Pro baseball

Elder statesman in the pen vital in championship push

2013-09-14T20:00:00Z 2013-09-15T02:18:12Z Elder statesman in the pen vital in championship pushHillary Smith
September 14, 2013 8:00 pm  • 

WICHITA, Kan. | When Marco Gonzalez got the call from the pen to close Friday's Game 3 against Wichita, it was his first full inning since Aug. 4 against St. Paul.

The veteran missed a month with a muscle strain, then he was activated just as the postseason started.

He had 10 saves for the RailCats in 2012, and eight in 2013 prior to his injury.

While he was out for rehab, the RailCats added older players to help add age to a rookie bullpen.

"It's invaluable to have Marco's presence down there, even more so when we have the ability to put him in the game," manager Greg Tagert said. "When we lost Clay (Zavada) first and then Marco, he wasn't traveling with us, and then the elder statesmen in there became Ian Durham and he only had two short seasons under his belt."

A farm hand in the St. Louis organization, Gonzalez relies on his routine. He said teaching that to the four rookie relievers has been just one part of his job this season.

"Coming up through the ranks with the Cardinals, I've been able to be around a lot of good players, good pitchers and good relievers," Gonzalez said. "I won't say much, but show more by example. You have to emphasize a lot on routine. The emphasis has to be on the team and being ready to go every night."

Gonzalez was signed by the RailCats originally May 30, 2012, then waited until almost March of this year to elect to remain in baseball.

"For me personally, I knew it was going to take a while to get started," Gonzalez said. "Last month and a half (of 2012) I was starting to throw the ball a lot better and we were playing a lot better as a team."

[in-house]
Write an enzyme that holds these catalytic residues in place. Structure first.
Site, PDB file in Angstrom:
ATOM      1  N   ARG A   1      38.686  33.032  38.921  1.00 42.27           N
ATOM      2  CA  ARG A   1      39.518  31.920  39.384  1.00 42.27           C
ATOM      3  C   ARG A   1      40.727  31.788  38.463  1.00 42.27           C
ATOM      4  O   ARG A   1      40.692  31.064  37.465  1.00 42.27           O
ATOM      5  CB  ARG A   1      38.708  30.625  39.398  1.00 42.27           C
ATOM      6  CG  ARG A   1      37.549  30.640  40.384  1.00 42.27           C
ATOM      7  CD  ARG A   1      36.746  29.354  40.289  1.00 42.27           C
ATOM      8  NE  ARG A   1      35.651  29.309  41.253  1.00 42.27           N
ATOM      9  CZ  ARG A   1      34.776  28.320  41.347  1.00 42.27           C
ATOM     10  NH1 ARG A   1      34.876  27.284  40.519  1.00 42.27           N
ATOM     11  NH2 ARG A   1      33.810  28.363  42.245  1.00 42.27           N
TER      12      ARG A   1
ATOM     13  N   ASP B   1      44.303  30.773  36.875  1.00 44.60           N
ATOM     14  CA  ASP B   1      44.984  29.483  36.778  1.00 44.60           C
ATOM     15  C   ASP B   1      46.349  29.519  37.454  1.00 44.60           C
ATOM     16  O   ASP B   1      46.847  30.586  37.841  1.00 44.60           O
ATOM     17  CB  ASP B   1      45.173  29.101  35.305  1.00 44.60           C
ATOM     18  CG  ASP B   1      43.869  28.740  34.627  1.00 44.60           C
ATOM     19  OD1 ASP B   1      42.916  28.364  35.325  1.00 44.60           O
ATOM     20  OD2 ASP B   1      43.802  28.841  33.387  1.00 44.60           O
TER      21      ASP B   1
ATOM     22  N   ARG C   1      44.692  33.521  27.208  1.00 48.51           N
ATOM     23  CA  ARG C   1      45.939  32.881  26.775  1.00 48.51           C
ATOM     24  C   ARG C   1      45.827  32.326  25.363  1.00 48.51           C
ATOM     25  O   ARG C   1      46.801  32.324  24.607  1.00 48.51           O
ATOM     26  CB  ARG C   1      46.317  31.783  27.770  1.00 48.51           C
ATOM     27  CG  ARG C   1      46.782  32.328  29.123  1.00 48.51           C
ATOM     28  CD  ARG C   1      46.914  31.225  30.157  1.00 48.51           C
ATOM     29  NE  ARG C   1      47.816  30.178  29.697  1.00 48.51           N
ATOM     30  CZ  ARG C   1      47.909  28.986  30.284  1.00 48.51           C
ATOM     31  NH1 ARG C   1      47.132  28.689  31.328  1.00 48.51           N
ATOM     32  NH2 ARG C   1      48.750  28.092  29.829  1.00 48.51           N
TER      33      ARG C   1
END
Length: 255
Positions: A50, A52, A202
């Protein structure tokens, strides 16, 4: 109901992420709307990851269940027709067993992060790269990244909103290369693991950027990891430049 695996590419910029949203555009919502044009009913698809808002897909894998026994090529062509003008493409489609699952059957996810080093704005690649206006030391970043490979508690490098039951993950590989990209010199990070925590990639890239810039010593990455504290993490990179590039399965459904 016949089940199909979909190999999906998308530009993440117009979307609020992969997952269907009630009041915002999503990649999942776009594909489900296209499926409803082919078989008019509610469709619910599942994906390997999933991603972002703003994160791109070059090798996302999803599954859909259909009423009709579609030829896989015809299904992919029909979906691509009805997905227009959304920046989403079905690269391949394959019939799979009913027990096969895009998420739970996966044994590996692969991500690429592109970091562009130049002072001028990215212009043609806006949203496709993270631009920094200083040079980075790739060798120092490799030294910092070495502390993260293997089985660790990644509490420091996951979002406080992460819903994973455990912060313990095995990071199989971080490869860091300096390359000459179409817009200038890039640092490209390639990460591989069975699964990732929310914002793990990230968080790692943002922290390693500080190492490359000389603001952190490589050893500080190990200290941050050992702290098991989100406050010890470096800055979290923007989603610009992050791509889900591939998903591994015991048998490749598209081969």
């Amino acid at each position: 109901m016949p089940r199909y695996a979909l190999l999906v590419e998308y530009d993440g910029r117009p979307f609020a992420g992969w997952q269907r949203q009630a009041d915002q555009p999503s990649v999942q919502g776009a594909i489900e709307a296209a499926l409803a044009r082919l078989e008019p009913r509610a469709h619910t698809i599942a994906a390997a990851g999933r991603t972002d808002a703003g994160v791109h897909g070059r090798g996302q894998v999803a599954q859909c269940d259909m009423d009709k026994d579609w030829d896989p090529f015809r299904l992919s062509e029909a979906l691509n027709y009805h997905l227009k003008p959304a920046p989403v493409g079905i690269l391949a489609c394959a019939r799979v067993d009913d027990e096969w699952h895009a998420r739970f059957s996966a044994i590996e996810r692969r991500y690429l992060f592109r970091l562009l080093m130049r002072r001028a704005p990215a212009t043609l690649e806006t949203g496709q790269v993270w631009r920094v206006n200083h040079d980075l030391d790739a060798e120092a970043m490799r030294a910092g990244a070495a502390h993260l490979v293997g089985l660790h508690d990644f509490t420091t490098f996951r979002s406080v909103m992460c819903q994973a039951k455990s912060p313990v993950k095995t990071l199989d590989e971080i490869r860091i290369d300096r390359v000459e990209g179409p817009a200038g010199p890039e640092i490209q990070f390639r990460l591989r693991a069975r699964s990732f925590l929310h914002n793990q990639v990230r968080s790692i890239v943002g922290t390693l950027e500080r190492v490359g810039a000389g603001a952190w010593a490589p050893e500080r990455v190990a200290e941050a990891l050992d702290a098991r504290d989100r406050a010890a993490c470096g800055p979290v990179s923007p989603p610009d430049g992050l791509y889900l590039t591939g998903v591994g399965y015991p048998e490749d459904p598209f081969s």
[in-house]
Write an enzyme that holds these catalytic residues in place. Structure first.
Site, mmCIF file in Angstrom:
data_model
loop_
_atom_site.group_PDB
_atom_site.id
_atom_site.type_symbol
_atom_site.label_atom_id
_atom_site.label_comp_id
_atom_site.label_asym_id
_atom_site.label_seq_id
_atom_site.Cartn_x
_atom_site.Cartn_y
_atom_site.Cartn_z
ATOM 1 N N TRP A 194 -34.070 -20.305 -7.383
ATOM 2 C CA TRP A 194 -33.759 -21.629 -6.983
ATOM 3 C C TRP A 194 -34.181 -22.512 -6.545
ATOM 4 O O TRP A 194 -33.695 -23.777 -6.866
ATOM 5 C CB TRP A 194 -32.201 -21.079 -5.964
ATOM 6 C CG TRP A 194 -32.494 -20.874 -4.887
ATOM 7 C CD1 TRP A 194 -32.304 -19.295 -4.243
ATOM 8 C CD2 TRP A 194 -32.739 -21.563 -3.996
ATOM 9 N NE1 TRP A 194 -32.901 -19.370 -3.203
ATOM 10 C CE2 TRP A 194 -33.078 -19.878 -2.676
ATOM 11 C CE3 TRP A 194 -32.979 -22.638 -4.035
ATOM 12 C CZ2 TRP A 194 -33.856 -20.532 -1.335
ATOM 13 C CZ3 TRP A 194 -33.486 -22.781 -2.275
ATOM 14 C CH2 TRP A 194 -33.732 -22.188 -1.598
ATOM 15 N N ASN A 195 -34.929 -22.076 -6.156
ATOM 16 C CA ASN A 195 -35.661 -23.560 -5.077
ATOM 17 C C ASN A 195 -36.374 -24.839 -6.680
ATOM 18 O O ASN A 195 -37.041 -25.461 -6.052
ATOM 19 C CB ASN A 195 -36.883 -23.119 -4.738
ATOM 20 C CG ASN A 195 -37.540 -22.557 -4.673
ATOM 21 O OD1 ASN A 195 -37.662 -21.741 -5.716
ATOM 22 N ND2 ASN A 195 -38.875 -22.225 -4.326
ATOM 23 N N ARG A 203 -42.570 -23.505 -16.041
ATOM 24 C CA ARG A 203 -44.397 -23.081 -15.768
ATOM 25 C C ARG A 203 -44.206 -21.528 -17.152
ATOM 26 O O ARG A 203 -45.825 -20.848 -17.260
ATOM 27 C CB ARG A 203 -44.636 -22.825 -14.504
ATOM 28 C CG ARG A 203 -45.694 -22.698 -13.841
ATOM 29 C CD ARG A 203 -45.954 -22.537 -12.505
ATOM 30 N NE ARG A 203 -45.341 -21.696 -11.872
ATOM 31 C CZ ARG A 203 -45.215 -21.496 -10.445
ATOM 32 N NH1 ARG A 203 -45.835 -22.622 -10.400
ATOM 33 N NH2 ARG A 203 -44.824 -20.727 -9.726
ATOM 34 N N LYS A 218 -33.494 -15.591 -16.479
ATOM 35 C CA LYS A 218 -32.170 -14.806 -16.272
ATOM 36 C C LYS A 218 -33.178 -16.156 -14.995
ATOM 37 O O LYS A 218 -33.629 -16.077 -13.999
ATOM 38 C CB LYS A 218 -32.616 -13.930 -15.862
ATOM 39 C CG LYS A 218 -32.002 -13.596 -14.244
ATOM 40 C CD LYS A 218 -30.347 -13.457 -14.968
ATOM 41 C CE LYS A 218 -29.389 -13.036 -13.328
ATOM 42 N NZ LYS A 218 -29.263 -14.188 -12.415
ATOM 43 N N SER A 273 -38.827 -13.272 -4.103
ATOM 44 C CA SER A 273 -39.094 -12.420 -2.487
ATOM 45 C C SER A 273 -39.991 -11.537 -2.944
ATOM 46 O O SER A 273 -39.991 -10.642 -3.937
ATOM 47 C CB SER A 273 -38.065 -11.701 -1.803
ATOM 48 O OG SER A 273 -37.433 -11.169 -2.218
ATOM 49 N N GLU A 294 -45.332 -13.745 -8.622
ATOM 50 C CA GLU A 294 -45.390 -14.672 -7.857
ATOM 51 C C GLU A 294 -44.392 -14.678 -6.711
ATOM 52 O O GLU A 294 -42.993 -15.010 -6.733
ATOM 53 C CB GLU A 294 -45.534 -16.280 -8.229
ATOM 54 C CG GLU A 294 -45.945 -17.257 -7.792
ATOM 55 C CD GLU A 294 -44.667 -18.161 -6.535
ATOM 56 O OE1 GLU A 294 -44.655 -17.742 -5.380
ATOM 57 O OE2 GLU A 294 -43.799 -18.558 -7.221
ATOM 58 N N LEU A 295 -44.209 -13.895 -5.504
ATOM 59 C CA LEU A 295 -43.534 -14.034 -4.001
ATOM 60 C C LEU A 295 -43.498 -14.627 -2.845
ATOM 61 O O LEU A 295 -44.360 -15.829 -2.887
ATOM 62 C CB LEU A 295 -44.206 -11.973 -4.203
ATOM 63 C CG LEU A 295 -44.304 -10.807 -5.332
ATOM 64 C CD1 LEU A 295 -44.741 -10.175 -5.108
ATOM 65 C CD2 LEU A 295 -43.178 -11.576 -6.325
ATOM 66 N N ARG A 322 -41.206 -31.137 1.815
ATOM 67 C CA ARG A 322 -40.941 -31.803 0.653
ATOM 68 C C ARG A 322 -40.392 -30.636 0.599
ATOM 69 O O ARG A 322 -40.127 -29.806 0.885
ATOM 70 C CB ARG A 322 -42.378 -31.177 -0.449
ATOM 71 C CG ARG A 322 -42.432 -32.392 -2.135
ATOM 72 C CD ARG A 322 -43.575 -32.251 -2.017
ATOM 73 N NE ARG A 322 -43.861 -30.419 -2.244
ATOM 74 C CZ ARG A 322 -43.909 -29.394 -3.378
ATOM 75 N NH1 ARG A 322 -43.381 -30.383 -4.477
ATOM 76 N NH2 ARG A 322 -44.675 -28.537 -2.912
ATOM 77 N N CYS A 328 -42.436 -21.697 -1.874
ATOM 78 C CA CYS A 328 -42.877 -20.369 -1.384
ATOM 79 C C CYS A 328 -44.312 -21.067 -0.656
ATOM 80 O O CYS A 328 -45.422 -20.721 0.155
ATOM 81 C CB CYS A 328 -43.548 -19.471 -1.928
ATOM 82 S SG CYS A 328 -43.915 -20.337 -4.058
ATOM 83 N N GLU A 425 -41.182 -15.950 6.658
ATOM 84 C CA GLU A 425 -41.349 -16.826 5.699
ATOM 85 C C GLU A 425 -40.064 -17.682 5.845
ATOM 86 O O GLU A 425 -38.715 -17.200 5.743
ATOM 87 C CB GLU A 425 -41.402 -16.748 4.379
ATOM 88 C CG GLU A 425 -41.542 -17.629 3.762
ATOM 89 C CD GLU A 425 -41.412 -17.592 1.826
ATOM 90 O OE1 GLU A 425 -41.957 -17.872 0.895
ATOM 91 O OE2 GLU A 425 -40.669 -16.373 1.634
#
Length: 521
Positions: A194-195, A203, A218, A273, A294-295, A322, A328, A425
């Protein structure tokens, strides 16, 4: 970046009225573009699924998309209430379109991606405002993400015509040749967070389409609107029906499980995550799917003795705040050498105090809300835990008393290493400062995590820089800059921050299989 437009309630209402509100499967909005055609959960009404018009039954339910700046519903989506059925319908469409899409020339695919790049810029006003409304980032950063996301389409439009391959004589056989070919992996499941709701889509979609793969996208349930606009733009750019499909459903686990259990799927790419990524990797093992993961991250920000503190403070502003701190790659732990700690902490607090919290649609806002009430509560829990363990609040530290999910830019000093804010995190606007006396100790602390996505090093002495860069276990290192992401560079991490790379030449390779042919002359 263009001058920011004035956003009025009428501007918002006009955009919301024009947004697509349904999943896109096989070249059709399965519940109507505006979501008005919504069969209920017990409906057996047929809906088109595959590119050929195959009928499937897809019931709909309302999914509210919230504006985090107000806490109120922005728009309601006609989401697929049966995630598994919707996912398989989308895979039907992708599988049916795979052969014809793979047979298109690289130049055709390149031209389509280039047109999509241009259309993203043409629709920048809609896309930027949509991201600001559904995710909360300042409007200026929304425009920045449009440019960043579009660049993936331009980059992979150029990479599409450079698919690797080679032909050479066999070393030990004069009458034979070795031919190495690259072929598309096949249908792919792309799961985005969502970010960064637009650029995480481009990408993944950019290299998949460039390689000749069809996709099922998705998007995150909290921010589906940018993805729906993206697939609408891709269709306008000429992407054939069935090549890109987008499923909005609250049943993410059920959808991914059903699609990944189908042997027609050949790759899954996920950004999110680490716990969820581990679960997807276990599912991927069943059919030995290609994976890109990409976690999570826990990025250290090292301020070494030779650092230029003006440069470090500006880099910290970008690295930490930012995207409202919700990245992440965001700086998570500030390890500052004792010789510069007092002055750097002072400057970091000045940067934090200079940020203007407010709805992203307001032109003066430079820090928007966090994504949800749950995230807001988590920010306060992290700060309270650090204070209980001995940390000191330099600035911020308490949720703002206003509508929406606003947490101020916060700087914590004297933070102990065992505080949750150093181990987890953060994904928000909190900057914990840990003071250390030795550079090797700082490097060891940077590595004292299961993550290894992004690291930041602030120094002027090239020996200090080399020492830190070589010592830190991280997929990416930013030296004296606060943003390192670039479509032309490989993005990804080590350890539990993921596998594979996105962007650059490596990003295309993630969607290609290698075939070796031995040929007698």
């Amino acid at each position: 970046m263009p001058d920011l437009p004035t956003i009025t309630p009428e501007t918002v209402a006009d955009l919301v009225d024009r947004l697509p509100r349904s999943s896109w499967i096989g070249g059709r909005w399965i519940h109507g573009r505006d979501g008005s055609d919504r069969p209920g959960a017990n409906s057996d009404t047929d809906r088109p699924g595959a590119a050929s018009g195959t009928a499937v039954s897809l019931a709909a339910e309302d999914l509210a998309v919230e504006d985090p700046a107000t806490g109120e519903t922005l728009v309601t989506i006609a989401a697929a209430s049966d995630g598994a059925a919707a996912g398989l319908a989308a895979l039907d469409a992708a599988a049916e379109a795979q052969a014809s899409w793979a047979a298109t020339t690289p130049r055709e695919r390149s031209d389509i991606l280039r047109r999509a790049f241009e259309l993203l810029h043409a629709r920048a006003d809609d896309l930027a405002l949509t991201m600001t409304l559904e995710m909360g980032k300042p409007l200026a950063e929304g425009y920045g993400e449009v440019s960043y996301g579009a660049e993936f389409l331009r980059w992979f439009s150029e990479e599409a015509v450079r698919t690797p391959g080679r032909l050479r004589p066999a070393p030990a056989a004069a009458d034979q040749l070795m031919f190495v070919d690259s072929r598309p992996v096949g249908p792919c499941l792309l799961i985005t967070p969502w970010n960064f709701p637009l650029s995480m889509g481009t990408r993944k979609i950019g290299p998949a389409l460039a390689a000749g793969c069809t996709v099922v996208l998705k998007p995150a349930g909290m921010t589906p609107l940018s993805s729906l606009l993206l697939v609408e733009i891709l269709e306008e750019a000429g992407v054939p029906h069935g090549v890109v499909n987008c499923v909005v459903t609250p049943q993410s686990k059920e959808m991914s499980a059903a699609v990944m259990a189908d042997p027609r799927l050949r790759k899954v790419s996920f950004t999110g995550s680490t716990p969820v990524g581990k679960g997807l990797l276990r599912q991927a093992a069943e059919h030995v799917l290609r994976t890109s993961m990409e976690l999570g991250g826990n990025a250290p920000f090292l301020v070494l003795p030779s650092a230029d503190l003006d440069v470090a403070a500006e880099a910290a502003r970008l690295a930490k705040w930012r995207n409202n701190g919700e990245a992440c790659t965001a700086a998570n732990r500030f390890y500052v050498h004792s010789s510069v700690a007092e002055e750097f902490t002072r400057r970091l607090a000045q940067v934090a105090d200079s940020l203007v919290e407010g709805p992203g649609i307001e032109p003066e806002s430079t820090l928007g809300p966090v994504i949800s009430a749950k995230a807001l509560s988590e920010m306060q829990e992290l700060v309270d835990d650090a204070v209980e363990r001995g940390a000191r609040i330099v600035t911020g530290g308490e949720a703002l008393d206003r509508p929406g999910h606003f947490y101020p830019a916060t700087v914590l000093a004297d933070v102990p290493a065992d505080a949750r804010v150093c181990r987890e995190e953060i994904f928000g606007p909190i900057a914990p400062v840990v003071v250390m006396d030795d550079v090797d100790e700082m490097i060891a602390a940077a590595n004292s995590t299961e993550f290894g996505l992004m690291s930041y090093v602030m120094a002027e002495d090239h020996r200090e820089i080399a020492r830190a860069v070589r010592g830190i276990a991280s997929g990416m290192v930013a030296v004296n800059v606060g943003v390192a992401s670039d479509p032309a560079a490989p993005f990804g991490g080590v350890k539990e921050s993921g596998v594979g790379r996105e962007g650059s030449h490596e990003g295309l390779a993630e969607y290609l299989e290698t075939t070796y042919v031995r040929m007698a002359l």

Though Tagert doesn't subscribe to the idea of a single closer, he gave the job to Zavada at the end of spring training. Gonzalez took the assignment without complaint.

"Because of his mindset, because of his professionalism, when Clay was saving more of the games early, I don't know how Marco felt about it, but he was a professional about it," Tagert said. "From a manager's standpoint, we've got the best possible of both worlds ... I had it great. From their standpoint, they want it in the ninth inning."

"I told skip, I'll pitch the seventh, the eighth, I'll close, whatever you need me to do," Gonzalez added. "We have a lot of guys in the bullpen who can do a lot of jobs."

When Zavada's contract was bought by San Diego on July 2, Gonzalez platooned the role with rookie Ian Durham.

His ERA began to drop, from 2.69 on June 29 to 1.89 by the Aug. 4. He hasn't allowed a run since July 6.

The only reliever older than Gonzalez is Will Krout, who officially started the season as a starter.

"I think around the league the players that don't know our situation well think we're running a boot camp over there, we like a little structure, but when you see a guy like Marco Gonzalez preparing as hard as he does and as well as he does every day, that rubs off," Tagert said. "Those things, more than anything, I've always believed in there's no doubt its nice to have some vocal leadership, but you can not replace the value of leading by example and the way you go about your daily routine and Marco is top of the charts in that situation."

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